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Historic Royal Palaces


We are honored to represent Historic Royal Palaces as its licensing agent in Japan.

Historic Royal Palaces was established in 1998 as a Royal Charter Body with charitable status and is contracted by the Secretary of State for Culture, Media and Sport to manage the palaces. It is responsible for the care, conservation and presentation to the public of the unoccupied royal palaces:

The palaces are owned by The Queen on behalf of the nation. Historic Royal Places receives no public revenue funding. All costs to preserve and maintain the palaces are met by income generated by the palaces, including income through licensing.


The Tower of London
The Royal Palace and Fortress of the Tower of London, founded by William the Conqueror in 1066-7, and enlarged and modified by successive sovereigns, is one of the world’s most famous and spectacular fortresses. Enriched by its many living traditions, the Tower is today a World Heritage Site and the most visited historic site in Britain. A potential licensing idea is a range of accessories inspired by the famous Crown Jewels.

Hampton Court Palace
Hampton Court Palace became a royal palace in 1528, on its acquisition by Henry VIII from Cardinal Wolsey. Its Tudor buildings are among the most important in existence and William and Mary’s improvements are an outstanding example of English Baroque. The interiors are enriched by magnificent pictures and tapestries belonging to the Royal Collection. The buildings are surrounded by 60 acres of gardens and 750 acres of parkland. How about bed linens or drapes inspired by the motif of William and Mary, or by the terracotta roundels in Clock Court?

Kensington Palace State Apartments
Kensington became a royal residence in 1689 with the purchase of an existing house by William and Mary. It was enlarged for them by Christopher Wren, and subsequently altered by George I. Kensington Palace contains important interiors by William Kent, many major work of art from the Royal Collection and the Royal Ceremonial Dress Collection. Princess Diana lived here. Inspiration abounds with the interior and gardens.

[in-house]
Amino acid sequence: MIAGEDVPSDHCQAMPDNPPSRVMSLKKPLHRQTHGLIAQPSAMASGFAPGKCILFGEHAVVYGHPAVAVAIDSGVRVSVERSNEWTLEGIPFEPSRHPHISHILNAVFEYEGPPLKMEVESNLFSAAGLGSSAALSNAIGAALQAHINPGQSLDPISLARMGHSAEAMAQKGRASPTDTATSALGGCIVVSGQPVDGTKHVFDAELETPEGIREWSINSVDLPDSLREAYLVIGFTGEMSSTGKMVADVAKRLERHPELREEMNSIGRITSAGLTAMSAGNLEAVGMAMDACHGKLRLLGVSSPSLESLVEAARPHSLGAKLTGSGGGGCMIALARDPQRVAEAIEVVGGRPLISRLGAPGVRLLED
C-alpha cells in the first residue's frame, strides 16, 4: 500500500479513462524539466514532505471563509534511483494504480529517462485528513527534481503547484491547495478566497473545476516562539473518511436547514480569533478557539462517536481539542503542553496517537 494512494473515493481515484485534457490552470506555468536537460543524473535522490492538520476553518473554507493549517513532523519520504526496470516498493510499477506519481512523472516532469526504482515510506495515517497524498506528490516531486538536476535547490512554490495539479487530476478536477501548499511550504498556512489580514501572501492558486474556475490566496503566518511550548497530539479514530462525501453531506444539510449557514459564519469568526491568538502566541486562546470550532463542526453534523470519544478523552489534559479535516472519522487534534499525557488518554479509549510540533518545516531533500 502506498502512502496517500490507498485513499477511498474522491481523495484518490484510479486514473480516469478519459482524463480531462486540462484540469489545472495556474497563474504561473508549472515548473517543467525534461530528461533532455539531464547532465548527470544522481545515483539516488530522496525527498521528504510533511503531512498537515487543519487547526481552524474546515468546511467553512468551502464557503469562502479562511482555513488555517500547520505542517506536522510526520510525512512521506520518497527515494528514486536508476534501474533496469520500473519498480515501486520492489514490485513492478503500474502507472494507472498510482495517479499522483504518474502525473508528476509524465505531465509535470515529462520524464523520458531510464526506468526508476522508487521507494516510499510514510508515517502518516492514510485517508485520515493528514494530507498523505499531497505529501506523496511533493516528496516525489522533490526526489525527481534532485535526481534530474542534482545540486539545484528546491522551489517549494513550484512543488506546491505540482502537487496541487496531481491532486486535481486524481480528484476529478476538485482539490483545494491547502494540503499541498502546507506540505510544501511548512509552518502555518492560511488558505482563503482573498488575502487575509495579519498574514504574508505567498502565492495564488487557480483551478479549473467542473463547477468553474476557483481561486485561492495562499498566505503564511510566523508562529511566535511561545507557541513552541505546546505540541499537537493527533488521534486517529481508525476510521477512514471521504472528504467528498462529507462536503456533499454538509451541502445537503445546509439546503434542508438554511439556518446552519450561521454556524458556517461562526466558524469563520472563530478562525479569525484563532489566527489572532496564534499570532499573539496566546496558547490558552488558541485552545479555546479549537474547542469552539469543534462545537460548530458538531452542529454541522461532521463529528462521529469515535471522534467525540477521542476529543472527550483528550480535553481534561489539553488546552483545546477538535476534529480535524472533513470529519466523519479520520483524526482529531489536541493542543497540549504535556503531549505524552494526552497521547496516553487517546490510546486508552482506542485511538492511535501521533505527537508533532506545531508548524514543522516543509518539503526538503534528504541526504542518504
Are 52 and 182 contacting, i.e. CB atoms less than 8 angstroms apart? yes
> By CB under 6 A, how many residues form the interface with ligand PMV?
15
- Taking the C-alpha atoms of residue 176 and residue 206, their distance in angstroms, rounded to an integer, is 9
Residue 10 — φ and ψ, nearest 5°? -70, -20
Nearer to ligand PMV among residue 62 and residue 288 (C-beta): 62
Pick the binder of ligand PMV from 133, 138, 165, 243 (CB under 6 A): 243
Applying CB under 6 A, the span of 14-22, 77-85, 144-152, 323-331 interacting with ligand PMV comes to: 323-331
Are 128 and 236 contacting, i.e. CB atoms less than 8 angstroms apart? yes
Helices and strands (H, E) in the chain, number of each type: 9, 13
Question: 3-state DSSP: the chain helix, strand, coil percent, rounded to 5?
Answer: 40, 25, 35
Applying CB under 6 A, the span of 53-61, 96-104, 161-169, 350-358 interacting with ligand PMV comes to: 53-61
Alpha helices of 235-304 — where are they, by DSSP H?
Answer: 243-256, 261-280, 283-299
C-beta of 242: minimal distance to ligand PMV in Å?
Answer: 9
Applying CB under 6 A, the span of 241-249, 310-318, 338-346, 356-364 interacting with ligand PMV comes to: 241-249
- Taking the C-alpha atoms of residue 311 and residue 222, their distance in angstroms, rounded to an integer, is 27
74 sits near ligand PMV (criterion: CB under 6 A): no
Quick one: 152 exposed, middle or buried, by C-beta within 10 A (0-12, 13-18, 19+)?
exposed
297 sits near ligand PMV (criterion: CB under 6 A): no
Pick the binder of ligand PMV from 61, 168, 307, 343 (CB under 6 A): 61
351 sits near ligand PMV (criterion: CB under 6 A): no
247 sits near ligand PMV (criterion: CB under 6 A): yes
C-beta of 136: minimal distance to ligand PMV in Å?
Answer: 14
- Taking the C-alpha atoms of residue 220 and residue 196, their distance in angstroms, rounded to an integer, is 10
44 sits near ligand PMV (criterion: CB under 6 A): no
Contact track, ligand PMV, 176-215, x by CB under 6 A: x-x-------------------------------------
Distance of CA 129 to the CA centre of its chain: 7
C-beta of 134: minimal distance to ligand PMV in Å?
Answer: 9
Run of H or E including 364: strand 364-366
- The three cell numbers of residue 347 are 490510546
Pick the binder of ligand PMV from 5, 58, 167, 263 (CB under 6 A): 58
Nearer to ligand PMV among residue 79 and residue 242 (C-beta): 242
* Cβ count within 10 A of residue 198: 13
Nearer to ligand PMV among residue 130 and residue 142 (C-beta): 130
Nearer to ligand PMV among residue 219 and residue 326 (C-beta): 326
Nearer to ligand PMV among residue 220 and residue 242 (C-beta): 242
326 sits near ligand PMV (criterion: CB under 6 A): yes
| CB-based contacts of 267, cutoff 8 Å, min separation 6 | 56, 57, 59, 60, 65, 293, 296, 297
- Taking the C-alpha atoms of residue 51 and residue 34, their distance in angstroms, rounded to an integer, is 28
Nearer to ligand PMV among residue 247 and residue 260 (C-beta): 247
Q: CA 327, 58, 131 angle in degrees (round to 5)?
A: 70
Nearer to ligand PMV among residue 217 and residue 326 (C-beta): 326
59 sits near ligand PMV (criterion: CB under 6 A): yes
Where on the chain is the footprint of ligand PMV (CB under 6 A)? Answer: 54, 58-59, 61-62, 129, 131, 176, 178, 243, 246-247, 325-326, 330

The Banqueting House, Whitehall
The Banqueting House at Whitehall, designed by Inigo Jones and finished for James I in 1622, is the only remaining complete building of Whitehall Palace to have survived the fire of 1698. Significant as the first English building in the Palladian style, it is also famous for its ceiling, painted by Rubens in 1630-4.

Kew Palace and Queen Charlotte’s Cottage
Built as a private house in 1631, Kew Palace was used by the Royal Family between 1729 and 1818. With a series of other buildings that once stood nearby, it served in turn as a lodging for servants, as a schoolroom for three generations of royal children, as George III’s retreat, and as a home for the King, Queen Charlotte and their family. Queen Charlotte’s Cottage was built in c1770 and later enlarged.

We have many images available to inspire a wide range of products and can arrange for many more to the suit needs of a licensee. Stylish and classic products are a perfect way of enhancing the image and reputation of any company whilst being valued in their own right. A range licensed from Historic Royal Palaces can combine beautiful design with historical detail to create a collection suitable for every occasion. Ideas can include linen, drapes, rugs, apparel, silverware, jewellery, clocks, tableware and glassware, food and confectionary

Others include gardens, tea houses, and hotel & apartment designs. For more information on how we can help you, and you can help preserve British heritage, contact us today.


All images are (C) Historic Royal Palaces